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    Depth will not give a 30 knot boat any more speed from everything I've seen. Running a 65' sf at 30 knots in 10 feet of water or 300 feet of water, the speed will be virtually the same. You're thinking of a big heavy slow motoryacht like the 75' Hatteras I used to run that cruised at 16.5-17 knots. In that case the shallow water gave it a little more stern lift because it was not totally on plane. But at 30 knots the hull is totally on plane and is getting it's lift from the speed of the water running under the hull and not from the propellors or prop wash bouncing off the bottom giving it lift.

    I do 10,000 NM's in deliveries a year, and always on different yachts. The majority of it ocean miles, but also a lot of inland miles too. I also run 150 different yachts a year of all types from 30-103'. I've done a lot of engine startup's on new boats, and several of the same type and engine type, both inland and in the ocean and the top speeds I've achieved are virtually identical. The only difference I've seen is that if it's rough on the ocean test, it will effect speed a bit, so will current to a smaller bit. In fact on a lot of 1 30 knot sportfish manufacturer I've done a lot of engine start ups on (over 100 boats over the years), the real world numbers will be 2 knots faster then the test numbers because we use NO trim tabs to keep every test consistent.

    It's like running a boat in an area with a lot of current. For example hell's gate. If you run an 8knot displacement trawler, against the 8 knot current, you will have next to no headway. Maybe 1-2 knots. If you run a 30 knot boat against the 8 knot current, you'll still be doing 28 knots....... The faster the boat is, current and depth have less of an effect, mainly because less of the boat is in the water and less drag.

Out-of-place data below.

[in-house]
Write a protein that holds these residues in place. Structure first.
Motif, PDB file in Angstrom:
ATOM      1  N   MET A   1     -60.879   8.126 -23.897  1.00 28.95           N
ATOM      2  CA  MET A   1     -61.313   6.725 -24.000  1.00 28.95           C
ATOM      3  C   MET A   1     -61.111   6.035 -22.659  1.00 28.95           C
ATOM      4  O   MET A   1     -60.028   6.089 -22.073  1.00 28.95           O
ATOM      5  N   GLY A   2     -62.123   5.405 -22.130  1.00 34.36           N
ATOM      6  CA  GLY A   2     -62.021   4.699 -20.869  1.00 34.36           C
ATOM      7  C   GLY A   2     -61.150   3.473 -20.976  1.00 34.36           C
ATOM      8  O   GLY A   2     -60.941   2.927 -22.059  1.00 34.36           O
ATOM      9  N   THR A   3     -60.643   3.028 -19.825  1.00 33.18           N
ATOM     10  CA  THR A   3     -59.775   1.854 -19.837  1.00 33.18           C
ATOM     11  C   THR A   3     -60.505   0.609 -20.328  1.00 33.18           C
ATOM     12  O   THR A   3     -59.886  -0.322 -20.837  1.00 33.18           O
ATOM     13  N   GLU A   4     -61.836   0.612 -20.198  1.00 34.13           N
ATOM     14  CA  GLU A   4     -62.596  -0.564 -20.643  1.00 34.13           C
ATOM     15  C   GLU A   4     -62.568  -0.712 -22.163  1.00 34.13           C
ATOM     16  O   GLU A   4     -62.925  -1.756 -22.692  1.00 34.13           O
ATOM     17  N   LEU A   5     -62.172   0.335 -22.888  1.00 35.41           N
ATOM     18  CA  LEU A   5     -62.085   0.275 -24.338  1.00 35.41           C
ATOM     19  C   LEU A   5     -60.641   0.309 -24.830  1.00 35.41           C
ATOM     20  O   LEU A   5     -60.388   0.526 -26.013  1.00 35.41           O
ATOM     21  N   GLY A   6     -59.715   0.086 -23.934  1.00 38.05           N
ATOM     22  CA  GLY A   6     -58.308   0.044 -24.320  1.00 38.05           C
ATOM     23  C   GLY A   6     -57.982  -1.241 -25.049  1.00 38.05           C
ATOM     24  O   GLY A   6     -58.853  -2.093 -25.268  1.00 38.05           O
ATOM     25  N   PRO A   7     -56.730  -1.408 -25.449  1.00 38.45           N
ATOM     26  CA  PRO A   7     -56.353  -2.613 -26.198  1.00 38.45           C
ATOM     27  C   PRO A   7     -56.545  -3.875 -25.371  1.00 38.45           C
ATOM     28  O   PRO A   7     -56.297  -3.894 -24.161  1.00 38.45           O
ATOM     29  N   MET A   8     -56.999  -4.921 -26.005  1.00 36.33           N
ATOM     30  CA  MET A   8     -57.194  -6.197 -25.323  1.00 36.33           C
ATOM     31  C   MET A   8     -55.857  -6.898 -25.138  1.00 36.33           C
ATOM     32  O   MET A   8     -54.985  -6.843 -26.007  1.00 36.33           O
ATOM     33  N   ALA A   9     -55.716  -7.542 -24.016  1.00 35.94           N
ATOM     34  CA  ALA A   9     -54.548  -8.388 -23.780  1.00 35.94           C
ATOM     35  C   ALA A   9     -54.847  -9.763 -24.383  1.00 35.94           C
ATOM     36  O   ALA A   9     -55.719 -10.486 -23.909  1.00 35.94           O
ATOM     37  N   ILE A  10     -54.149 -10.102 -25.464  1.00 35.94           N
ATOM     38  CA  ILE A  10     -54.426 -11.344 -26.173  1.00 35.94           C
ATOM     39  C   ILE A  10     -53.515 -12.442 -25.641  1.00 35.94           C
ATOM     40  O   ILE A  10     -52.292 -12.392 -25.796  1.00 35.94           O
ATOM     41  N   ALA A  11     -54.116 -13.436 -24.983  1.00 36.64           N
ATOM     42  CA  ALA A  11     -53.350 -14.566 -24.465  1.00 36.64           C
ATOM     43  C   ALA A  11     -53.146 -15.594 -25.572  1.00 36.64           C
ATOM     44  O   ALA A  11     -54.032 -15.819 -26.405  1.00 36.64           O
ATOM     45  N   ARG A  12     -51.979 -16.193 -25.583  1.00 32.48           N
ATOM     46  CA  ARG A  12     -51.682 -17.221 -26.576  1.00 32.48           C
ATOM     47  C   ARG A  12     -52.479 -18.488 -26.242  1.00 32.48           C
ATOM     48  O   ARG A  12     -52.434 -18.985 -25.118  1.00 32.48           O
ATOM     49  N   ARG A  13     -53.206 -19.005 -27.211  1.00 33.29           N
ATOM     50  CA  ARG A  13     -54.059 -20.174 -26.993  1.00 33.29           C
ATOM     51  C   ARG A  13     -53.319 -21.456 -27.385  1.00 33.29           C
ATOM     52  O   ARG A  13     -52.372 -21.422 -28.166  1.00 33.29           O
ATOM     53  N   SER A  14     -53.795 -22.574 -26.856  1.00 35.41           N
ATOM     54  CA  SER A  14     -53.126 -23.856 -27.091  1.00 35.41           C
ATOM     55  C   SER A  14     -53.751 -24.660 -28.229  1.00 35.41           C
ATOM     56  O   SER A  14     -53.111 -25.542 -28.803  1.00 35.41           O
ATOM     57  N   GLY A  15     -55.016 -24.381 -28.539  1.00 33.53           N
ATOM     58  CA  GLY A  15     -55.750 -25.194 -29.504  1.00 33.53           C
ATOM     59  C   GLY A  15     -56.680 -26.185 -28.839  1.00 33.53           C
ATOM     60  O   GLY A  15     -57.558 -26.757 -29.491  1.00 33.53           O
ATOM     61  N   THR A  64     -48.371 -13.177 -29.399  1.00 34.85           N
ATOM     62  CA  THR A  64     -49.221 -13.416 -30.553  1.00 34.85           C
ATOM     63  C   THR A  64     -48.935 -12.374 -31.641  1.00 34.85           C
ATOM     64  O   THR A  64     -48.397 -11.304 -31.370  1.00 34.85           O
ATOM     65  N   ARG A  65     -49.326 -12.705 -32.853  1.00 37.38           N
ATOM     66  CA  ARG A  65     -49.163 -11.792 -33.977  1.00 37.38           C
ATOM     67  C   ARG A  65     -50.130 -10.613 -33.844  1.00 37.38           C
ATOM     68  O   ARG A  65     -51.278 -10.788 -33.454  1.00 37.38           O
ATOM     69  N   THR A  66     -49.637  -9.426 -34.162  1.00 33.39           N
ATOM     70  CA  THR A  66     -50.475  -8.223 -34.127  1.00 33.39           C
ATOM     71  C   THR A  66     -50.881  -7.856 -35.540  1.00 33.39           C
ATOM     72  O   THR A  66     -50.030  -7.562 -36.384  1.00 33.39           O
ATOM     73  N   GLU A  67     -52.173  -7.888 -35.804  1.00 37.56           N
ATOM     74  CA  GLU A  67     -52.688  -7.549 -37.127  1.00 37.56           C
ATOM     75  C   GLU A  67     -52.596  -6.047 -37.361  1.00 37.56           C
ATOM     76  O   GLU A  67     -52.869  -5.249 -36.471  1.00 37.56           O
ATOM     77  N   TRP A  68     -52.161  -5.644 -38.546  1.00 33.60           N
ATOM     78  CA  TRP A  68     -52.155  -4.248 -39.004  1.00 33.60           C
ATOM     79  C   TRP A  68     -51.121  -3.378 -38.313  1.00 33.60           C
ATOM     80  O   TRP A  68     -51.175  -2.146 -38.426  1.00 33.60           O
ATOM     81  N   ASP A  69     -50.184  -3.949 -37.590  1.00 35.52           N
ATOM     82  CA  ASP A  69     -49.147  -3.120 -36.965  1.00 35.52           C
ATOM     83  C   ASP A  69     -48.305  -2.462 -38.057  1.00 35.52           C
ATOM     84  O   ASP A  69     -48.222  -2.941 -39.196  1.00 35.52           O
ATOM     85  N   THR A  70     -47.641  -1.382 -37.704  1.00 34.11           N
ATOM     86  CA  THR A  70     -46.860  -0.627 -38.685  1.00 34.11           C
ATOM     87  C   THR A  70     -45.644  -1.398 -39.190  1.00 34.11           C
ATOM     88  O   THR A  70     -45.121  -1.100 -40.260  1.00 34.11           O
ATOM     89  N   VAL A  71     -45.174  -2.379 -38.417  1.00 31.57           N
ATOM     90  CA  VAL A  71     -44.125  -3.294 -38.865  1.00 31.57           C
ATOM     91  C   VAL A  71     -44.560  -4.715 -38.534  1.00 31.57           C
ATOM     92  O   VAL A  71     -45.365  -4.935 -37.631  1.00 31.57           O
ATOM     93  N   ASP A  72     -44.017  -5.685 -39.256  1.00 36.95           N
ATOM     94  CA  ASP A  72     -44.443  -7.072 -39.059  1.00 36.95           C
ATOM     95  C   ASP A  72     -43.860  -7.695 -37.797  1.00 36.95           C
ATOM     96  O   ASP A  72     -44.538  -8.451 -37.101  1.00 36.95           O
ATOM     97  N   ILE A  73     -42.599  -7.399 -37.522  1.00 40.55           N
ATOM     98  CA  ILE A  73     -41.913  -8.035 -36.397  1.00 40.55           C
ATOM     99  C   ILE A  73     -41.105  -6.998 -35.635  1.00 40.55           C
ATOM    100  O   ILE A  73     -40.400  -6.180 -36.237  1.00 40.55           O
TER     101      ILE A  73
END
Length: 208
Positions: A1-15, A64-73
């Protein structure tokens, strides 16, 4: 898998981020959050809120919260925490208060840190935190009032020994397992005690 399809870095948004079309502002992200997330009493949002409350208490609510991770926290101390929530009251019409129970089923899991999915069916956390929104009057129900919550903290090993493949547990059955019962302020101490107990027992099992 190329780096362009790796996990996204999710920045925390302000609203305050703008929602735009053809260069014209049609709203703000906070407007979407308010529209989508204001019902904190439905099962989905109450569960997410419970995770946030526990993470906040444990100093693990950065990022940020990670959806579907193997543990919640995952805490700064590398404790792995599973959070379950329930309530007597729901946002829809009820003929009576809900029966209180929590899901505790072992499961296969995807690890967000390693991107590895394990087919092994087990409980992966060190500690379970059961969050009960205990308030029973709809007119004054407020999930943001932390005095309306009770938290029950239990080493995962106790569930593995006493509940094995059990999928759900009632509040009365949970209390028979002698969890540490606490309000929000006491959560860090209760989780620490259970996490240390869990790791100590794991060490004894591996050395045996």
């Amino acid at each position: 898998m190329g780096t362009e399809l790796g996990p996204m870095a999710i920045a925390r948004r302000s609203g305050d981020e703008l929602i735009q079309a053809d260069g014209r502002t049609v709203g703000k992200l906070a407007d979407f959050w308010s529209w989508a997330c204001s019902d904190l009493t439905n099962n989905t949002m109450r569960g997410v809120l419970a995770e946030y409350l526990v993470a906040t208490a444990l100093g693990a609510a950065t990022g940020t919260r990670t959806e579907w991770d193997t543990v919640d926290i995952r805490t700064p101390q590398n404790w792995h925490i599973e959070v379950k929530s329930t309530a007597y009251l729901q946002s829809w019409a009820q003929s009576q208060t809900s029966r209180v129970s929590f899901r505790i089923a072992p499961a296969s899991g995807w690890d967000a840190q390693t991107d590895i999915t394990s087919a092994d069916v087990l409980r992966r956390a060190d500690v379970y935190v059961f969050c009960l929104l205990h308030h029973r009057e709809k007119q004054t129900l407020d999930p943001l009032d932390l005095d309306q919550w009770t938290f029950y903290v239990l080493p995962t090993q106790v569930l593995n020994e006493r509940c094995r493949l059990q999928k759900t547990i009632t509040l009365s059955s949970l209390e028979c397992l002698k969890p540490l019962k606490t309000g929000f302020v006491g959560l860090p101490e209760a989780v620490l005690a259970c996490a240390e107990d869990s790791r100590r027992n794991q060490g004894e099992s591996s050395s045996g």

16. Yachtjocky

    Yachtjocky Senior Member

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    MTU & Caterpillar require there surveys for extended warranties to be carried out in at least 95 feet of water.

    a 50 post with Cat's will not run in Lake Worth buts runs like a scalded cat at sea in deep water.

    Same with any Hatteras SF, they need deep water. Try running a 77 in shallower water and watch for the submarine effect, take it deep sea and it will run but do it in an enclosed bridge as anything more than 3 footers and you will get soaked.

    Of course current has a huge effect on the speed, the current off Port Everglades can vary from zero up to 3 knots and some times is close to shore and other times well offshore.

    The university has monitoring equipment that tells exactly the strength of, direction and position of the eddies but nobody wants to pay for the info'.

    Always run in opposite directions when doing any tests and position the tabs for optimum performance. Do the runs in exactly the same tracks, not 1/2 or a mile apart as the current can be different.

    An older Hatteras motor yacht with Detriots can loose 5 to 8 knots with just a few barnacles on each blade no matter how deep the water.

    A 50 Viking express looses 80 RPM's and 3 knots with no tabs.

    The old water jets on the Sunseekers had to be spotless to get it out of the hole, Denships need special props and tabs to make them run.

    Fuel burn, % load will vary due to air & water temp. with different readings between summer in South Florida & winter up North.
  17. 84far

    84far Senior Member

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  18. 84far

    84far Senior Member

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  19. saltysenior

    saltysenior Senior Member

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    while watching that video , my mind kept singing that old George of the Jungle theme...''watch out for that tree''...:eek: